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Low rates and high expectations

By Deborah Brady

From the desk of Deborah Brady

It’s been a hectic start to the new year with the Banking Royal Commission coming out with recommendations that will give whichever party wins the May Federal election a real headache.

The Royal Commission exposed some diabolical behaviour by the banks but Government has to be careful not to throw the baby out with the bath water especially when it comes to independent mortgage brokers who by and large provide good service to buyers.

The attraction of these brokers is that borrowers don’t pay their commission, the lender does and the commission’s recommendation of an upfront payment by the borrower, on face value, will be a turn off for many people.

There’s a lot still to play out with the Commissioner’s recommendations but the good news this month was that the December quarter CPI (Consumer Price Index which measures inflation), came in at 0.5 per cent for a year on year total of 2.4% –  right in the middle of the Reserve Bank’s target of 2% to 3% inflation.

That means interest rates are unlikely to rise any time soon and as far as the residential home market is concerned that’s great news.

Closer to home I was intrigued by the an online vox pop recently that was asking people to nominate their preference in a head-to-head contest between Cottesloe and Scarborough.

Although it was just a bit of fun with the result pretty much a dead heat, it did get me thinking about what the two iconic destinations have to offer.

Cottesloe of course, is pure establishment with beautiful homes, great restaurants and pubs  scattered along the coast and I believe the best beach in the metropolitan area, sheltered as Cott Main is from the worst of the south-wester by the groyne.

However, the recent renovation of the Scarborough beachfront which includes an Olympic size swimming pool and family friendly skate park and climbing wall as well as a new Italian restaurant, has made it a fabulous destination, especially on Thursday nights when the food markets, pop up bars and live street entertainment attract huge crowds.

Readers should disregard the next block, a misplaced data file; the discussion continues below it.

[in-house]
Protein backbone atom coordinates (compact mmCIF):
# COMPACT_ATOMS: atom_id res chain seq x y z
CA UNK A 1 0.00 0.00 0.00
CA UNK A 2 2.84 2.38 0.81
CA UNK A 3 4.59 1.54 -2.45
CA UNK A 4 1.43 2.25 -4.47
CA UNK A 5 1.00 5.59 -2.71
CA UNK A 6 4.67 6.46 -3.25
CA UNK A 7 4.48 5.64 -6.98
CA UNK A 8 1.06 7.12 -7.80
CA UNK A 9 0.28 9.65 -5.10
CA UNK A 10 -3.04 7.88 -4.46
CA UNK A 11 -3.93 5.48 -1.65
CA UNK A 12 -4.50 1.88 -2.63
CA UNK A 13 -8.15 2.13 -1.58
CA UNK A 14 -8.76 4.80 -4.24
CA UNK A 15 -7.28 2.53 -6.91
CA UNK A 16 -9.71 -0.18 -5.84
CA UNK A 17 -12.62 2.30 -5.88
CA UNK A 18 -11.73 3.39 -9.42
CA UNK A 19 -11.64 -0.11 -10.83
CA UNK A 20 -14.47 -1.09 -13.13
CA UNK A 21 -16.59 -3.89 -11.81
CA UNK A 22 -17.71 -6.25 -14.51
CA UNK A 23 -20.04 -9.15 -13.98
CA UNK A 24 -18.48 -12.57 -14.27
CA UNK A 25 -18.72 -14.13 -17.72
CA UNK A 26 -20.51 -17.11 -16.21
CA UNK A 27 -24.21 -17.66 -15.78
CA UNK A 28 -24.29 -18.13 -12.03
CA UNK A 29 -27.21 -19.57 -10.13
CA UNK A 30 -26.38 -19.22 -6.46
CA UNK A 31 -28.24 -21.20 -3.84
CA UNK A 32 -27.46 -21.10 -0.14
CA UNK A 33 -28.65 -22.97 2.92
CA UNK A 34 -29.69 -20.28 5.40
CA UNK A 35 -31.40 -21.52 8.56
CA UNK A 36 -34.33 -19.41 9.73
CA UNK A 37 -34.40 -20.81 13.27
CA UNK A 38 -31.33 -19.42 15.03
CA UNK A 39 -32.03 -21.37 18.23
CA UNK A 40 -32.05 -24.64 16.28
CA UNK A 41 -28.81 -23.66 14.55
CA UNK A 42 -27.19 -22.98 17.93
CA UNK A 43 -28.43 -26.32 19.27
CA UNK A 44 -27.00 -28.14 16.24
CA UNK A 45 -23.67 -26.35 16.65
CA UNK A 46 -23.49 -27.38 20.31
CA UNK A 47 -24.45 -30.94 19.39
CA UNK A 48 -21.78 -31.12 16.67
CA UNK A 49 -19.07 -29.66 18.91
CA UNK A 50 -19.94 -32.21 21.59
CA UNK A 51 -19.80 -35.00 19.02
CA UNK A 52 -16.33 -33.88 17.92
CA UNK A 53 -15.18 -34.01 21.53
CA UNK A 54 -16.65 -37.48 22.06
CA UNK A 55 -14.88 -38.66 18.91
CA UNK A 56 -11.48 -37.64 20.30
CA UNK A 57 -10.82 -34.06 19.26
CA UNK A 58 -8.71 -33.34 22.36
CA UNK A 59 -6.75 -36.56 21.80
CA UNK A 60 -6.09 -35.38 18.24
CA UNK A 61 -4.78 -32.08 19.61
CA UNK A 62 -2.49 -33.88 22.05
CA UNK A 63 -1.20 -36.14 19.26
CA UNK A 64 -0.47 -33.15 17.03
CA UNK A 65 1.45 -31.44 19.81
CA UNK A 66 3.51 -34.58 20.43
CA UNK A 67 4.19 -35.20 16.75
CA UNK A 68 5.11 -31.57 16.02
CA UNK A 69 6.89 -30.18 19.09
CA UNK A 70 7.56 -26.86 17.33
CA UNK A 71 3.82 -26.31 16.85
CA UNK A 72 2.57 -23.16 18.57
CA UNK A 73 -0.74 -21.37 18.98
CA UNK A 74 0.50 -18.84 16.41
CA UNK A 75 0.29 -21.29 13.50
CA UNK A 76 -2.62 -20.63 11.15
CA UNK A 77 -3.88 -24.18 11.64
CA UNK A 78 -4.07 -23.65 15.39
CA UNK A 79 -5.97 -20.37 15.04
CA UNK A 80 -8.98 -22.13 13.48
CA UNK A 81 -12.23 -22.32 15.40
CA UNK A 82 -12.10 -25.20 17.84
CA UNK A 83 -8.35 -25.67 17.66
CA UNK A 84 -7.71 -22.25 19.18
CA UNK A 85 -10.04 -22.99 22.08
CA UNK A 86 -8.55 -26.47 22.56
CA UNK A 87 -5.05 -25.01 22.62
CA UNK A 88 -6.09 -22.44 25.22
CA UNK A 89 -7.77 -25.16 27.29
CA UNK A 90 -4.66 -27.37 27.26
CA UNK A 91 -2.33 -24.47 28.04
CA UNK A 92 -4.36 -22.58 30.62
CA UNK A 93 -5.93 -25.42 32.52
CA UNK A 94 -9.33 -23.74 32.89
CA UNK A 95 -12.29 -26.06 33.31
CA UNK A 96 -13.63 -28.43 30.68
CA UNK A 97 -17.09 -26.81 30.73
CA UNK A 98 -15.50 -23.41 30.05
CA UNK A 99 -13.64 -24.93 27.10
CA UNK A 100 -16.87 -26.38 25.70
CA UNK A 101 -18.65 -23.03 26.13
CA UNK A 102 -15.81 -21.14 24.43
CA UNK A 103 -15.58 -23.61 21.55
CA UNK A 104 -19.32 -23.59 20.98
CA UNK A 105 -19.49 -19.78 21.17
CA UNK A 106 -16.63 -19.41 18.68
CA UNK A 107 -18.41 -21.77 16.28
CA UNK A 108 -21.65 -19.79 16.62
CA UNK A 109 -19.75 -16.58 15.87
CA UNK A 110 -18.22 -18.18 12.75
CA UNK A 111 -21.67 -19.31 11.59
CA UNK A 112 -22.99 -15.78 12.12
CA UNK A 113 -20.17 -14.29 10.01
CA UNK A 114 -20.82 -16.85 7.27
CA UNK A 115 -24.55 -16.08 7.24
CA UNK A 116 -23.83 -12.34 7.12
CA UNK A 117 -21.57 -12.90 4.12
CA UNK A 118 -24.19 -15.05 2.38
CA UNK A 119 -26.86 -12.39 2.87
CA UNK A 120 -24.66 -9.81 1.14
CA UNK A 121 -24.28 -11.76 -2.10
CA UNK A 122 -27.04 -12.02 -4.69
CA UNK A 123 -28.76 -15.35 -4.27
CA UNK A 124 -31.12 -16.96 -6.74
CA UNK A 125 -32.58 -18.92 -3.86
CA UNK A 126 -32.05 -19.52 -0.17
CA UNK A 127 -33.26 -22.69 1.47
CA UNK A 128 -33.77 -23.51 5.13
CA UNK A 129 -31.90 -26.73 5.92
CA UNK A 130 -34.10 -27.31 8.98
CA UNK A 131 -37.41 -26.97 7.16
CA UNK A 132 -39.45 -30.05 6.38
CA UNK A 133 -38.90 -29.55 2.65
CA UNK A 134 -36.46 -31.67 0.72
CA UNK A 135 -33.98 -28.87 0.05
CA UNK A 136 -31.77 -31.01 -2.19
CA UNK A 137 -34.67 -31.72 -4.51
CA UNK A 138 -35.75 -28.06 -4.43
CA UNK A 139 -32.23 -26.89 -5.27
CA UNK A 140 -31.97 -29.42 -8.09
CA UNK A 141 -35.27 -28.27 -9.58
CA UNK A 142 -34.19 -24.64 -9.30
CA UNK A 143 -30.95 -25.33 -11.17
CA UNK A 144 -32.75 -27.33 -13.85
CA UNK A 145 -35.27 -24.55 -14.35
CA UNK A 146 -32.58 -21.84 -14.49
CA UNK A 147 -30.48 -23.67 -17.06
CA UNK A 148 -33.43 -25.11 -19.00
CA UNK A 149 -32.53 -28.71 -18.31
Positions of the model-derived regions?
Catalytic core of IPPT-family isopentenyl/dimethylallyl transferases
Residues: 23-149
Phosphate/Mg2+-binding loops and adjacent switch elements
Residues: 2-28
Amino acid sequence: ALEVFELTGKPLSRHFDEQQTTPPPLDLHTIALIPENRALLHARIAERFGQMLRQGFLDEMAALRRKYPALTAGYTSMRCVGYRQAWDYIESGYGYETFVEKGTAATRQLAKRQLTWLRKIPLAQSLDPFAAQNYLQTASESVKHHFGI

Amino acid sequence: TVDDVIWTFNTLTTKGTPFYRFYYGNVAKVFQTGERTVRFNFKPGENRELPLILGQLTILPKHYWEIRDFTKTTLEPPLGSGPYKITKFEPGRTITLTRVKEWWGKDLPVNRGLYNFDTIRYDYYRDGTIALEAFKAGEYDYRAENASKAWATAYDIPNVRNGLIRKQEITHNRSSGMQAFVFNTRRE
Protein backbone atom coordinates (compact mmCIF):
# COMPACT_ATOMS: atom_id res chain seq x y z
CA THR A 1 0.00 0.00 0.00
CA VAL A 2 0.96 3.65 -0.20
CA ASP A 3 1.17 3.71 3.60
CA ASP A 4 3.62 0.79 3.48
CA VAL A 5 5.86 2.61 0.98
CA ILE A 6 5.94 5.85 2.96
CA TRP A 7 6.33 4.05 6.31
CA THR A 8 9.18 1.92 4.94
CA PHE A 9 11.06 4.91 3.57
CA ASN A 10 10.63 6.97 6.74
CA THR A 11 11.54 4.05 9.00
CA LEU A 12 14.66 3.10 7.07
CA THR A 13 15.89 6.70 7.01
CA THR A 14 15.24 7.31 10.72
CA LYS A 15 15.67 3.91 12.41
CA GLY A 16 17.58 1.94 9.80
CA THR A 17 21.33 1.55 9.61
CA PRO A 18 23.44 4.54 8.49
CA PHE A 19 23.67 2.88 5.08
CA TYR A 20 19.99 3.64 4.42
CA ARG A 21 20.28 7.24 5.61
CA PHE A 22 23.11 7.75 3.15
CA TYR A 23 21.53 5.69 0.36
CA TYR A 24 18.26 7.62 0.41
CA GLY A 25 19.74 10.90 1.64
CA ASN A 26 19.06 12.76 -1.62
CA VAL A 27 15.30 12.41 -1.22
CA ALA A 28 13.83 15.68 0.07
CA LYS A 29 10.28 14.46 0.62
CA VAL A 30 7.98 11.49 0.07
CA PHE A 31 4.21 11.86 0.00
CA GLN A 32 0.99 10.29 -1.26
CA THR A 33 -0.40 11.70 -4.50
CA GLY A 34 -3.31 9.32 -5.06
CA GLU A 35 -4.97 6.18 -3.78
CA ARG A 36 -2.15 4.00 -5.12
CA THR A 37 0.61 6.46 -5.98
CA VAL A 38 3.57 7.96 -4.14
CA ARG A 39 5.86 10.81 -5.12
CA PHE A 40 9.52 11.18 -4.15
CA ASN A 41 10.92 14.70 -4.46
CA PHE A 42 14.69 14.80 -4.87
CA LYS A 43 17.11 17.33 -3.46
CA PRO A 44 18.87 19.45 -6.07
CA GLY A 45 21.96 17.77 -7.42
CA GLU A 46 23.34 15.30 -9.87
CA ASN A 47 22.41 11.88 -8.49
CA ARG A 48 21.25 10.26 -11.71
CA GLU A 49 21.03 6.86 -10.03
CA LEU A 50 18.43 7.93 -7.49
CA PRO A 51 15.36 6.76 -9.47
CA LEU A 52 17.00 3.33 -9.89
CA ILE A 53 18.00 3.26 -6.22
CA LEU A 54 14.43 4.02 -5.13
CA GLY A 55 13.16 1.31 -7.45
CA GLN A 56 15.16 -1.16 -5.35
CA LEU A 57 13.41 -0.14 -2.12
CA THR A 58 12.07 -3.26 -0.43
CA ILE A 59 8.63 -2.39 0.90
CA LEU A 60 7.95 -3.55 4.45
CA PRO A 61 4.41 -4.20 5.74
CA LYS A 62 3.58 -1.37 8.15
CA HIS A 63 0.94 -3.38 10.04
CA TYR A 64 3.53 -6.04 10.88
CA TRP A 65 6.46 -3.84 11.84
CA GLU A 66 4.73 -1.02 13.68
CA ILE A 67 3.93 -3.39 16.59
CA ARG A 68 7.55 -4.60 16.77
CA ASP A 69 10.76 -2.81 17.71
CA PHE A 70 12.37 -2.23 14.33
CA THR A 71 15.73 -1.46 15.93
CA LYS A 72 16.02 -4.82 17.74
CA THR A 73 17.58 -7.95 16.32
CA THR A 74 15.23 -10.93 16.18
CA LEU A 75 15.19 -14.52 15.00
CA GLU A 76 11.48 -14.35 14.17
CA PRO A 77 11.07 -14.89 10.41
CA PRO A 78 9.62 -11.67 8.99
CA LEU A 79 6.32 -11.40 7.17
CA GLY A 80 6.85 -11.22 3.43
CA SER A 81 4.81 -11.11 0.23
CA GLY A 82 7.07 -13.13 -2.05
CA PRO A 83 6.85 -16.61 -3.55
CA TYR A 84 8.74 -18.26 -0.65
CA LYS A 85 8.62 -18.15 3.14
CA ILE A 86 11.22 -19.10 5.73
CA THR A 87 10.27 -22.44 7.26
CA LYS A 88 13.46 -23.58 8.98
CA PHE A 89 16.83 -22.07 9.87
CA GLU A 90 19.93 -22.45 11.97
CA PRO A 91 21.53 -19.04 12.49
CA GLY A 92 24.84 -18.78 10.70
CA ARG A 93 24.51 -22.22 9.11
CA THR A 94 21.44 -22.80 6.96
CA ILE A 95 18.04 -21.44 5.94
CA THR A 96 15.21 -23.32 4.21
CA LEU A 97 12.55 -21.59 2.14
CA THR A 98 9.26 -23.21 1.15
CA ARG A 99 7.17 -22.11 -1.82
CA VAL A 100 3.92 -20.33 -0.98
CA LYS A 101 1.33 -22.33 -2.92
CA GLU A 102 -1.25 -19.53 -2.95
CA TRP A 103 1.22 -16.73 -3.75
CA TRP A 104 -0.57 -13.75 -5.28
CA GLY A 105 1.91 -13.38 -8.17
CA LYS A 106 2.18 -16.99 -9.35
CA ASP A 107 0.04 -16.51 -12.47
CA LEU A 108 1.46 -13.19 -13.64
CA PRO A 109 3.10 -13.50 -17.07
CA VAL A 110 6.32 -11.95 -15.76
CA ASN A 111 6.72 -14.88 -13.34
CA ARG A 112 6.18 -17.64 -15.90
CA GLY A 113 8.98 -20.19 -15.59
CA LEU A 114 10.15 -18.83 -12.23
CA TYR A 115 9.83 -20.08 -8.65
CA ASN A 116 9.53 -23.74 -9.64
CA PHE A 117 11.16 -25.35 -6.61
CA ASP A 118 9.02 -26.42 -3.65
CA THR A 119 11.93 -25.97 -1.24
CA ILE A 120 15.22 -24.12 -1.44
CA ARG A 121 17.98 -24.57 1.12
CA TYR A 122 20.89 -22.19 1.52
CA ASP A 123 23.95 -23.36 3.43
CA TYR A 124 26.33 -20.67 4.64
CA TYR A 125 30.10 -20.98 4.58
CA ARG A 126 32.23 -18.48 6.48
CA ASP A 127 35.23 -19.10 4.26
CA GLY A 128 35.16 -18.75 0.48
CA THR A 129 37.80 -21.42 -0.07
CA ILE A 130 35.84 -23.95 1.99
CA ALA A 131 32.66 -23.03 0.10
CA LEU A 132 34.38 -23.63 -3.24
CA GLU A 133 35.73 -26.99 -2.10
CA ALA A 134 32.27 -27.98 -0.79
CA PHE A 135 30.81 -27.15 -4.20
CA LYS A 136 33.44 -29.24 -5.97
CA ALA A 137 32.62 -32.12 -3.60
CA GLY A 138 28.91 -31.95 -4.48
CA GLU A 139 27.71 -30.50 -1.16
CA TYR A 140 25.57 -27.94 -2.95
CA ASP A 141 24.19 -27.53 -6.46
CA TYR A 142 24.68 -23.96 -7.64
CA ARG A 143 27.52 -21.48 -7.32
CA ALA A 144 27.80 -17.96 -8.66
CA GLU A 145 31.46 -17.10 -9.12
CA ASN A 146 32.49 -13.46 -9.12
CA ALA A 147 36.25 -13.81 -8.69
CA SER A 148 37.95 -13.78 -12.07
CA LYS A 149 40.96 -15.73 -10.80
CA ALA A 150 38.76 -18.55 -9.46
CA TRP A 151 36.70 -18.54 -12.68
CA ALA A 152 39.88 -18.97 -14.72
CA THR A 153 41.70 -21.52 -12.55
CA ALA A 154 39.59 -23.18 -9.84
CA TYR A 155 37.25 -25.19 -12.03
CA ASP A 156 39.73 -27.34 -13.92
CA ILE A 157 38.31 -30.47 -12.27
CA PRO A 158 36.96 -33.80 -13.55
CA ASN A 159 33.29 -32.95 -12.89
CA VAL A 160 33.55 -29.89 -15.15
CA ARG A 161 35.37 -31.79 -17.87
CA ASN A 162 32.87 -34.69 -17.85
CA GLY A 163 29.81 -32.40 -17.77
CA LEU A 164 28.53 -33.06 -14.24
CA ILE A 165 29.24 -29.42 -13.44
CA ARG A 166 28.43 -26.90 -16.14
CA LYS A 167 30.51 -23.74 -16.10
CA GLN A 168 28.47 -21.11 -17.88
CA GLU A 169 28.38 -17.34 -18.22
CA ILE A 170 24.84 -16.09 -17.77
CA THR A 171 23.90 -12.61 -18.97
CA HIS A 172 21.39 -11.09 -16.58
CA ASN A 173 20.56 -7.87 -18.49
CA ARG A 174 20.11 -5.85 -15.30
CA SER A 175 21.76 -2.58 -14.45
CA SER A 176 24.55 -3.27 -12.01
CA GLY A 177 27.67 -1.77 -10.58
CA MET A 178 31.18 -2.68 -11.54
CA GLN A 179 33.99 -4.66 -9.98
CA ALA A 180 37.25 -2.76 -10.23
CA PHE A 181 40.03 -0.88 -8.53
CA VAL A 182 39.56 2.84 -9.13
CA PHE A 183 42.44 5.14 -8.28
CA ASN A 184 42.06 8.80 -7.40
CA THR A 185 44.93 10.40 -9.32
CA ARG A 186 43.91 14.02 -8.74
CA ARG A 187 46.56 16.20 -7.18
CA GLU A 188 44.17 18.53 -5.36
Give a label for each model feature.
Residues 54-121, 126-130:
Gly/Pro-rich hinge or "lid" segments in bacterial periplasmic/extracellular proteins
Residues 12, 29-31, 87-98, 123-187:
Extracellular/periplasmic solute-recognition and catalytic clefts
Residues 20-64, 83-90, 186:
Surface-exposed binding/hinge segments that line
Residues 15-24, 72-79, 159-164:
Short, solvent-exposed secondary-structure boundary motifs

That statistics on these two beachside meccas back up the anecdotal evidence.

Over the past year the median sales price for Cottesloe property has been $2,010,000 and for Scarborough $742,000

The Cottesloe demographic is older couples and families while nearly half of Scarborough’s population consists of young couples with no children.

They are both high demand markets but while the Scarborough renovation is complete and attracting a spate of new apartment developments, Cottesloe is still dithering about just how much development it wants. And stats would show that Cottesloe is failing to attract young people because of a lack of affordable properties coming onto the market.

Andrew “Twiggy” Forrest has already stated his intention to spruce up the iconic tearooms and the McGowan Government keeps threatening to develop the land around the railway station but the area that to me seems to be begging for something to happen is the carpark and vacant land below the Cottesloe Tennis Club down to Marine Parade bordered on the southside by Beach Street.

Surely there is ample space there for a major retail/residential/public open space development on the beach that would have little impact on established neighbourhoods given that the tennis club provides an excellent buffer on its eastern side.

I will always be unconditionally a Cottesloe fan but Cottesloe also can be much improved by sympathetic development along the eastern edge of Marine Parade between Cott Main and North Cott.

With interest rates at historical lows surely now is the time to make it happen.

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